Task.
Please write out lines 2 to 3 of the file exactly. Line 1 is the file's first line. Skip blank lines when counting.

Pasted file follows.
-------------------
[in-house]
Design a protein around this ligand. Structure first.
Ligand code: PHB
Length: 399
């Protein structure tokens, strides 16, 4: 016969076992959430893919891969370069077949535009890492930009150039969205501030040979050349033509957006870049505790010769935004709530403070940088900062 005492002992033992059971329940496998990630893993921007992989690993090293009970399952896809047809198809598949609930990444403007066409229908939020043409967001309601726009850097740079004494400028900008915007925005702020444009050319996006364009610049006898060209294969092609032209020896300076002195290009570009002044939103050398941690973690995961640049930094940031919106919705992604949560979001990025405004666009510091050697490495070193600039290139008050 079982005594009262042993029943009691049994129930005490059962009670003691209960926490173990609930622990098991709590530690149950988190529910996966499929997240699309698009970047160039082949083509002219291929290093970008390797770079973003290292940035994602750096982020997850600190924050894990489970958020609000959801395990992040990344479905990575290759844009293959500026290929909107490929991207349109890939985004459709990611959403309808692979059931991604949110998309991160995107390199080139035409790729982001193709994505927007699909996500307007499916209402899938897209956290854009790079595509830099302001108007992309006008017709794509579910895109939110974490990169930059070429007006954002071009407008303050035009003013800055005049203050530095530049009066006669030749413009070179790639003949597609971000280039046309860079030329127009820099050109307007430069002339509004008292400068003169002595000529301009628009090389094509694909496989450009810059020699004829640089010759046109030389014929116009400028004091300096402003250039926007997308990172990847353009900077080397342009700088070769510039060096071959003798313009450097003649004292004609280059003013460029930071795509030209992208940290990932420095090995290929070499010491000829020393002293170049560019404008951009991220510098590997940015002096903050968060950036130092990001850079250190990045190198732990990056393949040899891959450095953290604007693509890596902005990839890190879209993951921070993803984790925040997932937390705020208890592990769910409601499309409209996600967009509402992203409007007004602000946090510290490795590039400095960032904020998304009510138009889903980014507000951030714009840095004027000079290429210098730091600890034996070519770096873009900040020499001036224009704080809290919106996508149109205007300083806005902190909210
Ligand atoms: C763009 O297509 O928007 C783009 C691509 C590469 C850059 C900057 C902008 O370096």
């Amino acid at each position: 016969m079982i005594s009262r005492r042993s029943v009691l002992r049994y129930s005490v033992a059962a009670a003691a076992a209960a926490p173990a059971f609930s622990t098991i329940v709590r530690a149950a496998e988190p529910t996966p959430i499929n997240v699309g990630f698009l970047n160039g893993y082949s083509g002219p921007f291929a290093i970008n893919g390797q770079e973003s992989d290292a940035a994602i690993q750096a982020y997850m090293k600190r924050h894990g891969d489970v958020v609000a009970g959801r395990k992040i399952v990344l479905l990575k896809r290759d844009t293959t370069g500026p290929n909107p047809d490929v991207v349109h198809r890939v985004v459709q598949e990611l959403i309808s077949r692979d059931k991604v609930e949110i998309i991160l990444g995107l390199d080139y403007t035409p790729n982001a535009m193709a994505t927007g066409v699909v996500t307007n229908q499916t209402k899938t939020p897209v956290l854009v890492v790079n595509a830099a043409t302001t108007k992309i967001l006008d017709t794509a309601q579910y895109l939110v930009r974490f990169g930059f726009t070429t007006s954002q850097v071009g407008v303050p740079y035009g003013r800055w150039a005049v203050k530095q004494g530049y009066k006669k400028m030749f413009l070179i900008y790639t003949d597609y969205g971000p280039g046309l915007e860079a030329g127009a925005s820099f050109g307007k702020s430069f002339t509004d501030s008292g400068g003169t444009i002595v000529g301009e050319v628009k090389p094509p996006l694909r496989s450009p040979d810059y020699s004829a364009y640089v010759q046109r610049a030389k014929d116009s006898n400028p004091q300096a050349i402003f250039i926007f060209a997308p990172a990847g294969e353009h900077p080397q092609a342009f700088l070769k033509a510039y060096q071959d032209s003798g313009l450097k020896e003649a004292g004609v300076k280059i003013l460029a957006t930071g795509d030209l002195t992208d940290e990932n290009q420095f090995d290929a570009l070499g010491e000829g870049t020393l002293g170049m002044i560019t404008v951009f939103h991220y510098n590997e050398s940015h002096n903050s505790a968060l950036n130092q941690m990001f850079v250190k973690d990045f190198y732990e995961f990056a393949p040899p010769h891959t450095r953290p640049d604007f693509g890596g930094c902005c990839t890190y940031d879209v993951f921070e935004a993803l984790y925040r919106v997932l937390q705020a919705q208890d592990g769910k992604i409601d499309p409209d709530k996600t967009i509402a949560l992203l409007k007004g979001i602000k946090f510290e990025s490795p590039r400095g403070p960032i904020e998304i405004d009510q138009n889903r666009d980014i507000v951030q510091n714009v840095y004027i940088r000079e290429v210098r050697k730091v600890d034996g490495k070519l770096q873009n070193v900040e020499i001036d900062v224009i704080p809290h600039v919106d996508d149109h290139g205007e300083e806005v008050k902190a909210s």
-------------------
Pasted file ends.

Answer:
Design a protein around this ligand. Structure first.
Ligand code: PHB